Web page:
I met Ernie Banks at a Ronald McDonald Children's Charity golf tournament when I was eleven. Michael Jordan was hosting the tournament over Labor Day weekend in 1992, and he invited an elite group of fellow athletes. My neighbor worked for Waste Management and got me a job as a trash collector for the weekend. I basically got paid to watch celebrities tee off or putt (depending where I was working on a given day) and collect autographs. Occasionally, I had to change the liner in the trash can when it got full.
The second day of the event I worked one of the greens on the back nine. When Michael Jordan got to this green, he was surrounded by hundreds of spectators. No one was allowed to get near him, though, and he wasn't signing autographs until Labor Day. I could barely get a good look at Air Jordan because there were so many people around, and I was a little kid.
When his group left, there was a break in the action. The next group to tee off wasn't scheduled to show up for another half hour. I checked my schedule and saw that Ernie Banks was up next. A few weeks earlier, my uncle had given me an Ernie Banks 1968 Topps baseball card for my birthday. I had the card with me and was preparing to have to fight through a swarm of onlookers to obtain Mr. Cub's signature. I thought that if Michael Jordan had a hundred people following him, Ernie Banks would have at least a thousand.
When I saw the next group of golfers on the horizon, lining up their shots and hoping to reach the green, I was confused. There were about a half dozen people on the fairway, so I figured it wasn't the group with which Ernie Banks was golfing. It couldn't have been. Where were all the Cubs fans? I asked one of the supervisors if Ernie Banks was in that group. He looked at his schedule and said, "Yeah, he should be."
The group got to the green and sure enough, Mr. Cub was with them, the biggest smile I've ever seen stretched across his face. I froze. I didn't say anything to him when he finished his putt. He walked past me and smiled, his cheeks puffed like two doughnut holes. He tipped his cap and walked to the next tee. I kept still.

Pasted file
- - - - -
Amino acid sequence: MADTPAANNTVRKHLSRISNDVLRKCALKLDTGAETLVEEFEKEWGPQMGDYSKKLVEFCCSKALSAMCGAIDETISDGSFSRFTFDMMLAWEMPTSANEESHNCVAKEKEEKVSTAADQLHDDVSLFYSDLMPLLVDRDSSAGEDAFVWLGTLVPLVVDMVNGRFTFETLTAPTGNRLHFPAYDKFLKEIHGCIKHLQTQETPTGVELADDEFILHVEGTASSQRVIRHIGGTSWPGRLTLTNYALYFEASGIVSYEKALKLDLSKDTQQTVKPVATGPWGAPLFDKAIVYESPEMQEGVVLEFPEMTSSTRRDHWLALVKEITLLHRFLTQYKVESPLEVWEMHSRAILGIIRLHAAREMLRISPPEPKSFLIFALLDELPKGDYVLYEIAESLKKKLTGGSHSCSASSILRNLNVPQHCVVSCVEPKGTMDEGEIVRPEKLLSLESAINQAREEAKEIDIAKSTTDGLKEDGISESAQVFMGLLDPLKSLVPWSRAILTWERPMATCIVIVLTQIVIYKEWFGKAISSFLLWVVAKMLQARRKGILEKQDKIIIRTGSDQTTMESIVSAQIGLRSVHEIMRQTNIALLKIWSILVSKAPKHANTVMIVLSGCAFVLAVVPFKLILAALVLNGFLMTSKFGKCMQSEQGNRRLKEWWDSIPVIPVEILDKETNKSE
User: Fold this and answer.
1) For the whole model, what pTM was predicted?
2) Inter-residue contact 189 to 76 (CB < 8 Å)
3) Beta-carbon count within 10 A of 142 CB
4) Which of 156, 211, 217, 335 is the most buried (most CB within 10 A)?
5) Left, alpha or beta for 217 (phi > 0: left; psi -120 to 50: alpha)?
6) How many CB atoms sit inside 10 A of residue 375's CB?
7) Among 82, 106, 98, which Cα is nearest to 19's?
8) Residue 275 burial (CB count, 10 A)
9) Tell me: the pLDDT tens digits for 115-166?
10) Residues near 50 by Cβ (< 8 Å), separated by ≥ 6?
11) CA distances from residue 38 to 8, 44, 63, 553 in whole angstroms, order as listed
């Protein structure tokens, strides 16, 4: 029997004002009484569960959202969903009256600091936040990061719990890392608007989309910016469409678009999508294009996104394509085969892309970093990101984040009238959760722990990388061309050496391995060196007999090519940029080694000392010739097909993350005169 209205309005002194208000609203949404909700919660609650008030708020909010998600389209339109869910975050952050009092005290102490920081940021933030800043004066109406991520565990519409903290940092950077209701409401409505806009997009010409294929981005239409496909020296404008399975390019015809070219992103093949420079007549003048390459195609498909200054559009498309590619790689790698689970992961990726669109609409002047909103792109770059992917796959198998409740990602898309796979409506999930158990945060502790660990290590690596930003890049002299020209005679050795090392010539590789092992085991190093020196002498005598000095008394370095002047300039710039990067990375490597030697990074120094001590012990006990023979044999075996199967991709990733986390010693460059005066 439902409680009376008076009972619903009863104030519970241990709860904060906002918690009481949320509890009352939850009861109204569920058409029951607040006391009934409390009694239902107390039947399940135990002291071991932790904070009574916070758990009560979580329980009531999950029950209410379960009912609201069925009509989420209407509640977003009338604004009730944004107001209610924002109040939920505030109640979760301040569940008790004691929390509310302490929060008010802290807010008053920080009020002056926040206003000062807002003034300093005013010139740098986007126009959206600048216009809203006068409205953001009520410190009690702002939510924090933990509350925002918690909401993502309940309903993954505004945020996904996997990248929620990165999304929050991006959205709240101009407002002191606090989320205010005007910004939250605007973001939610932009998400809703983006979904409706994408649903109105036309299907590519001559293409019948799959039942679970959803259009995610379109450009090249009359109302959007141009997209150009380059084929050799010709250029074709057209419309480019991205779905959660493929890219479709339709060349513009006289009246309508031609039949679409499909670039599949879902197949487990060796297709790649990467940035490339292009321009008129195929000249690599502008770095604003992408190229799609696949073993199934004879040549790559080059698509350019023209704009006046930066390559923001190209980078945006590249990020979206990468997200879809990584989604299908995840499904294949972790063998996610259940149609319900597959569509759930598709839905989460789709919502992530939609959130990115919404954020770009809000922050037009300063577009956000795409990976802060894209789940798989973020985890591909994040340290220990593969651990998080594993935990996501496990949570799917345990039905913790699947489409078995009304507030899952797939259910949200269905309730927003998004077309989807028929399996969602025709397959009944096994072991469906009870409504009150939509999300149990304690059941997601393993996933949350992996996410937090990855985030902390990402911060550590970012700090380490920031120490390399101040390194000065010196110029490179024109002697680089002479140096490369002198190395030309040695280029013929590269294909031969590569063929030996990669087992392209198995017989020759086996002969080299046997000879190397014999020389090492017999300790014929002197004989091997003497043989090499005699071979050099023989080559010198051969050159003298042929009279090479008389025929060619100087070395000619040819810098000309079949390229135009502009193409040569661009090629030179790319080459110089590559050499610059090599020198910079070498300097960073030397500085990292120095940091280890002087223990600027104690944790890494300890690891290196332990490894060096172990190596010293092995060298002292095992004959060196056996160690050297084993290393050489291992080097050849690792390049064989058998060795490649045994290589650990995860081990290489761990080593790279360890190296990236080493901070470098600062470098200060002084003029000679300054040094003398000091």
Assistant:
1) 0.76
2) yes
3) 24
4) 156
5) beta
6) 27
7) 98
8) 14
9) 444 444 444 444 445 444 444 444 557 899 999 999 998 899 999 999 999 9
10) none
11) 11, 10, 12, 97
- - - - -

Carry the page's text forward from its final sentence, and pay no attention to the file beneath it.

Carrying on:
I had told the supervisor about the baseball card I had brought. He came up to me and asked if I had gotten it signed. I shook my head, and he asked me why I hadn't. I shrugged. I was still in complete awe of having been in the presence of Ernie Banks, Cub legend. Mr. Cub had acknowledged me!
The supervisor took me by the hand, and we jogged to the next tee. Ernie Banks had just hit his tee shot, and the group was preparing to walk the fairway to retrieve their golf balls. The supervisor asked Ernie if he'd be willing to sign my baseball card. Ernie turned around, that friendly smile still on his face, and said, "Of course!"
He asked me how I was doing (I nodded), if I was a Cubs fan (Of course!), if I played baseball (yes), and what position I played (third base).
"Ah, the hot corner!" He said. He signed my baseball card, shook my hand, and told me to have a great day. And I did. I had an ear-to-ear smile for the rest of the weekend. When he spoke to me, he seemed like he could have been my neighbor, or someone from church. He was a regular person, not a Hall of Fame baseball legend.
When I started writing this, the Cubs were in a rain delay. I re-watched the pregame ceremonies here and was going to simply post the video, not knowing how long the delay would last. The video is an unveiling of the new Ernie Banks statue outside of Wrigley Field. I can't wait to go back home and see it this summer. I just hope that Wrigley Field is still named Wrigley Field when I finally do get back.